9. Dum Dum
Dum Dum is one brand that you don't need to question! I LOVE Dum Dums and they're probably my favorite Halloween treat. Dum Dums also don't have a lot of sugar just enough to satisfy that lingering sweet tooth. All Dum Dums products packaged by Spangler Candy Company DO NOT contain peanuts, tree nuts, milk, eggs, fish, shellfish, wheat, or gluten. They are manufactured on dedicated equipment. They do have artificial food coloring, but it's worth the splurge sometimes. Check out their website at: https://www.dumdumpops.com/about-us/allergen-info

10. Safe Sweets - Allergen safe chocolates (one of my personal favorites)
Safe Sweets is a chocolate brand that is dedicated to allergens. The have no peanuts, no tree nuts, no dairy, no eggs, no gluten, no sesame, no mustard, no corn syrup, and no gelatin. All products are handmade and packaged in their dedicated nut free and dairy free facility. Just this Halloween when we did our candy trade center (explained below) my mom bought my sister and I Safe Sweet Chocolate Covered Pretzels and the Safe Sweet Chocolate Marshmallow Mini's. Both were delicious and gone in two days:) The pretzels are addictive so prepare to eat the entire bag. They are quite pricey, but what allergen safe food isn't? And they are worth the splurge on special occasions like holidays and Halloween :)

For more info on what candies might be safe for your child, though always double check yourself, this might be another great resource:  2017 Top 8 Allergy-Friendly Halloween Candy Guide

https://community.kidswithfoodallergies.org/blog/2017-allergy-friendly-halloween-candy-guide-top-8-free

Some Quick Tips to Make Halloween a WHOLE lot easier!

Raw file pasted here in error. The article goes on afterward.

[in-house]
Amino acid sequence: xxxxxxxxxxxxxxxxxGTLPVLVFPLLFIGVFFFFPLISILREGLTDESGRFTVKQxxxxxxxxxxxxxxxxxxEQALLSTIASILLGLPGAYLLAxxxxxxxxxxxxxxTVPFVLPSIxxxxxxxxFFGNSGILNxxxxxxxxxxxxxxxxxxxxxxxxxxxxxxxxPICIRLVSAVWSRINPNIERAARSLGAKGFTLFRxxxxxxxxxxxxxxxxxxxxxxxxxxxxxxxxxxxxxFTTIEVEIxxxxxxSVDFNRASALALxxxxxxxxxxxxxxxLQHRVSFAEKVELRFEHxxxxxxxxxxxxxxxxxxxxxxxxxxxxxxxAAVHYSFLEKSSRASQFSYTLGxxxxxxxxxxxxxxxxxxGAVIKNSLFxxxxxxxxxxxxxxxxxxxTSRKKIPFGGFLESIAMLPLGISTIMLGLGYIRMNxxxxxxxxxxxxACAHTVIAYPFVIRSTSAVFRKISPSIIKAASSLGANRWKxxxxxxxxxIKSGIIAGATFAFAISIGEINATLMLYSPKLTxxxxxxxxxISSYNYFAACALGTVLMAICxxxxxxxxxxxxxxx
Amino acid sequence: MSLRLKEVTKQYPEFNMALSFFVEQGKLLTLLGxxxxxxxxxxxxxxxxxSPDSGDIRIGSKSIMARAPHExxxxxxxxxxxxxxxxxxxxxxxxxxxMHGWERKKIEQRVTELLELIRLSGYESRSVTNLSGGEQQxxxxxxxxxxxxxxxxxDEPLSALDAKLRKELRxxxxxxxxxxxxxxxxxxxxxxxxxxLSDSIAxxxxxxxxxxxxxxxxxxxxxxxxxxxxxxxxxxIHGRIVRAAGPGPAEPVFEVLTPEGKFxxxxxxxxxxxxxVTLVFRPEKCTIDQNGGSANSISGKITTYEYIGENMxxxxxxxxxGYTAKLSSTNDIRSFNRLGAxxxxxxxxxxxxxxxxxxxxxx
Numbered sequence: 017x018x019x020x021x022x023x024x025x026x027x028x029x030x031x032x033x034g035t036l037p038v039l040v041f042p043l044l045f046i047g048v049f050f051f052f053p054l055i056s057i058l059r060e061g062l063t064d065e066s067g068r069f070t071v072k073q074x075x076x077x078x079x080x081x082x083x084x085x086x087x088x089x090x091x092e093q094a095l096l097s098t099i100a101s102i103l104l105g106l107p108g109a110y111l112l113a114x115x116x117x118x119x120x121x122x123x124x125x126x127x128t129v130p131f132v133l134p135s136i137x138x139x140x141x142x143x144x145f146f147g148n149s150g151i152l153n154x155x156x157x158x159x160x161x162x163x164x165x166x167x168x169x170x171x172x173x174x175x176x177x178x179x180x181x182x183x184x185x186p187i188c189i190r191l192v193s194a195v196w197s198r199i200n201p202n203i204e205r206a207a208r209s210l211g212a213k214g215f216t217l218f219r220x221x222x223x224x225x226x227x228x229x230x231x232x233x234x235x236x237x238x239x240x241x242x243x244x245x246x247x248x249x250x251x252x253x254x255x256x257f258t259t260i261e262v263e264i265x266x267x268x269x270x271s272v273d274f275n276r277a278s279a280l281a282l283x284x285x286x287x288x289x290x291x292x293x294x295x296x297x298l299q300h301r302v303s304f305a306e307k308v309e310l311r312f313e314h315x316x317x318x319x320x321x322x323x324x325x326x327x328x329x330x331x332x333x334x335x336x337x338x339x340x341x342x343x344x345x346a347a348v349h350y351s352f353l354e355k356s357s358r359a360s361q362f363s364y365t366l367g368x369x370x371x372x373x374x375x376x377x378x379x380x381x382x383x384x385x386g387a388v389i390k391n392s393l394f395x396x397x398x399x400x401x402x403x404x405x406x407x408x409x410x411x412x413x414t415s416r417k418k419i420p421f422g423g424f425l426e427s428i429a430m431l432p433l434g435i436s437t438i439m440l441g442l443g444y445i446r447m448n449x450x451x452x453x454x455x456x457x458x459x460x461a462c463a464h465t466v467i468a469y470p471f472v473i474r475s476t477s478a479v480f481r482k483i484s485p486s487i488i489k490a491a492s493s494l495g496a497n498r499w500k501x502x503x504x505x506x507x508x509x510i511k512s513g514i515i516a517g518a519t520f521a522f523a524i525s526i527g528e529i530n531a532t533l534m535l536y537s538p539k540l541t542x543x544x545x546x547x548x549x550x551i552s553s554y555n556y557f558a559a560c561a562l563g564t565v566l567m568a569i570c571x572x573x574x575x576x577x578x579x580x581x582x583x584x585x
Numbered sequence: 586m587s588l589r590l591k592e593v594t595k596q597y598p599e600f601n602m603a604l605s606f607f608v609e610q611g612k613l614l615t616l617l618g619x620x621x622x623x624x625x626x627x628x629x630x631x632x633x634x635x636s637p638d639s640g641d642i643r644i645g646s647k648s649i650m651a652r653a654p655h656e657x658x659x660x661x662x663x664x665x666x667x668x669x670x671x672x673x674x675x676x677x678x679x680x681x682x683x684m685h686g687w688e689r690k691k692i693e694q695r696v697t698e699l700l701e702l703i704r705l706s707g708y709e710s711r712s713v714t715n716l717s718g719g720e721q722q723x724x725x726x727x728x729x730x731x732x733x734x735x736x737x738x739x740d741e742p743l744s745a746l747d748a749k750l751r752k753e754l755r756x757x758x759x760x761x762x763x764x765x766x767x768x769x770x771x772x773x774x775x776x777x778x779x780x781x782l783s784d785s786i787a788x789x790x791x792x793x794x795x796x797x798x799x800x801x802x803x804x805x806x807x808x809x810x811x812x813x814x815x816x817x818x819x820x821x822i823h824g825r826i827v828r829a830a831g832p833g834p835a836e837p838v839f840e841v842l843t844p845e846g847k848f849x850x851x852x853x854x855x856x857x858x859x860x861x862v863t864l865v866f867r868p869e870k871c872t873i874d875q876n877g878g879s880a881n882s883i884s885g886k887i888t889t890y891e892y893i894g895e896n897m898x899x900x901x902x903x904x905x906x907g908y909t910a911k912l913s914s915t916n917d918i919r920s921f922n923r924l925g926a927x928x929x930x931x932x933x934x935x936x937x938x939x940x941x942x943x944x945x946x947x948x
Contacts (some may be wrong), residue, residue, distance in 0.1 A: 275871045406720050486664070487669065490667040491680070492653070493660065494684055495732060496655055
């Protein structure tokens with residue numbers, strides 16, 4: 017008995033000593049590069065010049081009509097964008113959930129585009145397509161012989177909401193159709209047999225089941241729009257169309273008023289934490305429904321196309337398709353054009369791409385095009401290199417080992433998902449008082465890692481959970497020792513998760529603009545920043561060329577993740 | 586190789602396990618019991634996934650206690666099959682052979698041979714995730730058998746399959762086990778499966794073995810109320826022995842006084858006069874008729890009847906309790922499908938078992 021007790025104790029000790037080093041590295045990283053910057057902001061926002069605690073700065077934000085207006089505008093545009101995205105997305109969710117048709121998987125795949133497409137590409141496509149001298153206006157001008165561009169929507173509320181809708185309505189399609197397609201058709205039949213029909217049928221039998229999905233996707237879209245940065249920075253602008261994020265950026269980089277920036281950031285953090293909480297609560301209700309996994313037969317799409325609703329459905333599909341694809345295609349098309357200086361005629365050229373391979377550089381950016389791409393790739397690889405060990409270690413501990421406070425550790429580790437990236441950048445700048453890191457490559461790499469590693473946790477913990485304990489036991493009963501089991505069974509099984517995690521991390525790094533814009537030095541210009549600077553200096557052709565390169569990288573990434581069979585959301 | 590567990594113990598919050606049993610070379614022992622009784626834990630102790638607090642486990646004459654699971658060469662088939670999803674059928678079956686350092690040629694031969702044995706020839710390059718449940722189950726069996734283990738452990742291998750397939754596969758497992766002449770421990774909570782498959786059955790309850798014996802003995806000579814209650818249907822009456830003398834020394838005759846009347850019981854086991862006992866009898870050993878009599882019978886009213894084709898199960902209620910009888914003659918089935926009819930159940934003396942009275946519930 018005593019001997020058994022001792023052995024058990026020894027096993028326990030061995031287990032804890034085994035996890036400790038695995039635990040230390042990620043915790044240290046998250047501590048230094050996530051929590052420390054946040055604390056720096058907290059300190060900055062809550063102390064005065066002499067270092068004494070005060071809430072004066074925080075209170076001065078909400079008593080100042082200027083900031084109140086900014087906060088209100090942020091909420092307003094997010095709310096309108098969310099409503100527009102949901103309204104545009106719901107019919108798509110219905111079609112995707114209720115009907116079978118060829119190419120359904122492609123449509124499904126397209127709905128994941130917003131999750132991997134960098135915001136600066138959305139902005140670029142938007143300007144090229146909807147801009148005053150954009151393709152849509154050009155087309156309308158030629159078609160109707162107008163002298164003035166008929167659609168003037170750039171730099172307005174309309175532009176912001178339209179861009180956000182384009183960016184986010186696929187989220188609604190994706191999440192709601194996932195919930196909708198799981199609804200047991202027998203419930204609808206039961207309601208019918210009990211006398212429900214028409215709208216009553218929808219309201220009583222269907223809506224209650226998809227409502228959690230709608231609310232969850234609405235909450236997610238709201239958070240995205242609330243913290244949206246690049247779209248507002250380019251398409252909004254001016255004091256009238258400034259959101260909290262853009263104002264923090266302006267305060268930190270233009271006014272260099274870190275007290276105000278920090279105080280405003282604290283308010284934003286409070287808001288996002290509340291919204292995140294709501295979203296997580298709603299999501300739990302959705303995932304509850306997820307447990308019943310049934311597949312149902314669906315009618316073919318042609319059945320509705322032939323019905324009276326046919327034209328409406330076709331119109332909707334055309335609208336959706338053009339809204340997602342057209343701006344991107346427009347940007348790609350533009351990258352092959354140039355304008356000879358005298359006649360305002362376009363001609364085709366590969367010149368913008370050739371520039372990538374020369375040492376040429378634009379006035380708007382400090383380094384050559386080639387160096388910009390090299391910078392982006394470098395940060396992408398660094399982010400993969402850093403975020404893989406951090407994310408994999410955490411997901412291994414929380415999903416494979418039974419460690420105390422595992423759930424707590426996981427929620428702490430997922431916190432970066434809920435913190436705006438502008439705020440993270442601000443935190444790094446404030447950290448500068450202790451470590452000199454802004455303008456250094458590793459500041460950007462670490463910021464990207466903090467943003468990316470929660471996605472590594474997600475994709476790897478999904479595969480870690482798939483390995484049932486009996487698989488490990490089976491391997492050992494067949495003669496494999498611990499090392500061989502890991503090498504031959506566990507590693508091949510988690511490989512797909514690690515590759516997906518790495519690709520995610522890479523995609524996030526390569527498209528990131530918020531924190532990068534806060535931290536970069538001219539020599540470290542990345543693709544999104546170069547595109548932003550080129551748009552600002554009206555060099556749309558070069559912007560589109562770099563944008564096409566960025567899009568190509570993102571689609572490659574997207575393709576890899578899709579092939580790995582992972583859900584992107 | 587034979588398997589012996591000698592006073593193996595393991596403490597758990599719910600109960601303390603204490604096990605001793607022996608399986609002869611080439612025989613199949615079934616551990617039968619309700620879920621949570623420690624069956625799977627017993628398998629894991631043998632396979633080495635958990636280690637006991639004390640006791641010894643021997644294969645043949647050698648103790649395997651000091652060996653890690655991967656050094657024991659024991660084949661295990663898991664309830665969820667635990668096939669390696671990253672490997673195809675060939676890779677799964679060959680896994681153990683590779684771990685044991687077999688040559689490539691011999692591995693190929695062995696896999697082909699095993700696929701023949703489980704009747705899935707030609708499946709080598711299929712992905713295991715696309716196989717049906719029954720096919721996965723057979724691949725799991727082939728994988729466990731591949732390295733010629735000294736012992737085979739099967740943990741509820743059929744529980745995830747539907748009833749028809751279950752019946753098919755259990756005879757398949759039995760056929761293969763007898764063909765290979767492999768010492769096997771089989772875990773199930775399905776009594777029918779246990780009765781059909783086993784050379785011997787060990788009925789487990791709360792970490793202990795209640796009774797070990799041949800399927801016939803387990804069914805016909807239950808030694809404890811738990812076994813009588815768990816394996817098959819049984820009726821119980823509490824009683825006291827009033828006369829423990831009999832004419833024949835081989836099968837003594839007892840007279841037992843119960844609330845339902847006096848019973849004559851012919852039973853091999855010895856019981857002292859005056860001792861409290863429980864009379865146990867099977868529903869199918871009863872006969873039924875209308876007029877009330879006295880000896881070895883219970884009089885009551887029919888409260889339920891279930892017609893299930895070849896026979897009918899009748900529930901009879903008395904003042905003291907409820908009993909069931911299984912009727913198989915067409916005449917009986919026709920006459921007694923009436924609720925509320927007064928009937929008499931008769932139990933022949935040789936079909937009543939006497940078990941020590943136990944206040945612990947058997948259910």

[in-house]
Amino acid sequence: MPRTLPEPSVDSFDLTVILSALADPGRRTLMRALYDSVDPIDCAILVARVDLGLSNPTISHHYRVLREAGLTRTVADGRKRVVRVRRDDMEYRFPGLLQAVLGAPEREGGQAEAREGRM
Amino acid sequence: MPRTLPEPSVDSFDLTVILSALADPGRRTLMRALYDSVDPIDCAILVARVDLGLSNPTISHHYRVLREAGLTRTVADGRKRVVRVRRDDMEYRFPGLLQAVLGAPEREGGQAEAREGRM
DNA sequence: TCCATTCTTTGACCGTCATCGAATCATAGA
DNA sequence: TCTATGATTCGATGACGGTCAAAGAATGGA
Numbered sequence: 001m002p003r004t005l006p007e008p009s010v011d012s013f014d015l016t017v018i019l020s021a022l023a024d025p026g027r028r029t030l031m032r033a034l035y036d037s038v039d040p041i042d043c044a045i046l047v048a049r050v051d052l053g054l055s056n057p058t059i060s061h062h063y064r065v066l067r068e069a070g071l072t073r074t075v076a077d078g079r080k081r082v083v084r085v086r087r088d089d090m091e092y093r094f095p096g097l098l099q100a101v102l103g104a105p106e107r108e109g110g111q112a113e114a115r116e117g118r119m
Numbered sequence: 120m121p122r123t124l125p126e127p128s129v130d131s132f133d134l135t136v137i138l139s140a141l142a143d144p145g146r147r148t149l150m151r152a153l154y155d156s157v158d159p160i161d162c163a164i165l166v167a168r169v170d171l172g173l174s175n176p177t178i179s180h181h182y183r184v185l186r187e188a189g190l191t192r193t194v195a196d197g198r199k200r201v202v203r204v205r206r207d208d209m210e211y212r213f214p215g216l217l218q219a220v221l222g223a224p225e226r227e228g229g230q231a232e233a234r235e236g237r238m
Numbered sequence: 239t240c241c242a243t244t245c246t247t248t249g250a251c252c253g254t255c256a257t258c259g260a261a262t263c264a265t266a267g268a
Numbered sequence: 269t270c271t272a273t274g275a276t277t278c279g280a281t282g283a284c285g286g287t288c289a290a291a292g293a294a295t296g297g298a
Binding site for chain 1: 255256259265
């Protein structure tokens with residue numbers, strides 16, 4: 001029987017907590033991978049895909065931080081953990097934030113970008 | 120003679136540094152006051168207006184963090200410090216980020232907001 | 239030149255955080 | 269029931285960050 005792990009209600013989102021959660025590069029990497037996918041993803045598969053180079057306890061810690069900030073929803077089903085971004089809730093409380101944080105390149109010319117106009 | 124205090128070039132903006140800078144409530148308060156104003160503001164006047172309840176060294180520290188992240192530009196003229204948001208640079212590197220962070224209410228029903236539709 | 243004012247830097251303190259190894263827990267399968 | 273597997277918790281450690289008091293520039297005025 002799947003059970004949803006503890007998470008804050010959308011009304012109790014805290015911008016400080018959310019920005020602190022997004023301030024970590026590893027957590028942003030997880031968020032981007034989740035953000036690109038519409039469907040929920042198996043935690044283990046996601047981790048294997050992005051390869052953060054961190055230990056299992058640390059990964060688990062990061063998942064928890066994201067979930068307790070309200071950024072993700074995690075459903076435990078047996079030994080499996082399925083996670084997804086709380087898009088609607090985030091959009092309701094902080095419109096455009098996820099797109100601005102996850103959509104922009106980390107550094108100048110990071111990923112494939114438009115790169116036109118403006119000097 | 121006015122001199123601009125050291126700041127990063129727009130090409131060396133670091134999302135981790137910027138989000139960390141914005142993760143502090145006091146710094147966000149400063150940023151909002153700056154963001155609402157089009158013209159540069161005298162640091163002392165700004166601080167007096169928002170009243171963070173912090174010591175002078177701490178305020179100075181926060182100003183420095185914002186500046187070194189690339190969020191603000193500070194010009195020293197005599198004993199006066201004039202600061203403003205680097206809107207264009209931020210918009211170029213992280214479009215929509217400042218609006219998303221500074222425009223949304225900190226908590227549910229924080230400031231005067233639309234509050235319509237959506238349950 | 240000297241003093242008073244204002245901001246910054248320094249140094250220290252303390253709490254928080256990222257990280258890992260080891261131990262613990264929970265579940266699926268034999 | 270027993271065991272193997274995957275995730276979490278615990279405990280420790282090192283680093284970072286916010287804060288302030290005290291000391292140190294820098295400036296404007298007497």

Tip 1.
I wanted to share with all the parents out there that have small kids, a fun activity that my parents did for me when I was younger. When I came home from trick-or-treating and had a pile of candy I couldn't eat, my parents would do something called a "switch witch." With my mom, we would quickly create 3 piles of candy (candy I knew I couldn't eat, candy I maybe could eat, and candy I knew was safe). I would keep some of the candy I could safely eat and put the rest in a bag just outside my bedroom door. After your child is asleep you switch the bag of candy for a prize or toy they've been wanting in its place. This way your kids don't look at trick or treating as 'there's no point to it anyway,' and know that after they've collected all of their candy they can exchange it for something even better and more fun to play with! (and doesn't rot their teeth)


For older kids that have outgrown the "switch witch" you can set up a "candy trade." Before we went trick-or-treating my mom would set up a "candy trading center" or 'store' for us to spend our candy at. My mom would buy the coolest stuff, from pens and pencils, to small trinkets I had my eye on, stickers for my water bottle, cool planner, pencil pouch, and even small stuffed animals for my younger sister. She would label different items with different "prices" of candy. For instance, 5 pieces of candy could be a cool set of gel pens, or maybe for 10 pieces of candy you could get the stuffed animal you've been wanting all year. They'll think of trick-or-treating as a fun scavenger hunt to collect as many pieces of candy as possible without actually eating it. Even if your kids don't have food allergies, you can avoid a ton of sugar and simply set up a "candy trade" in your very own living room. My younger sister loves this part of Halloween and she can't wait to get home from trick or treating. She can eat the candy, but she doesn't want to, so kudos to my mom. Aside from a few dum dums that I am partial to :) I have no problem surrendering the rest of my candy and really don't think twice about it. I don't miss it.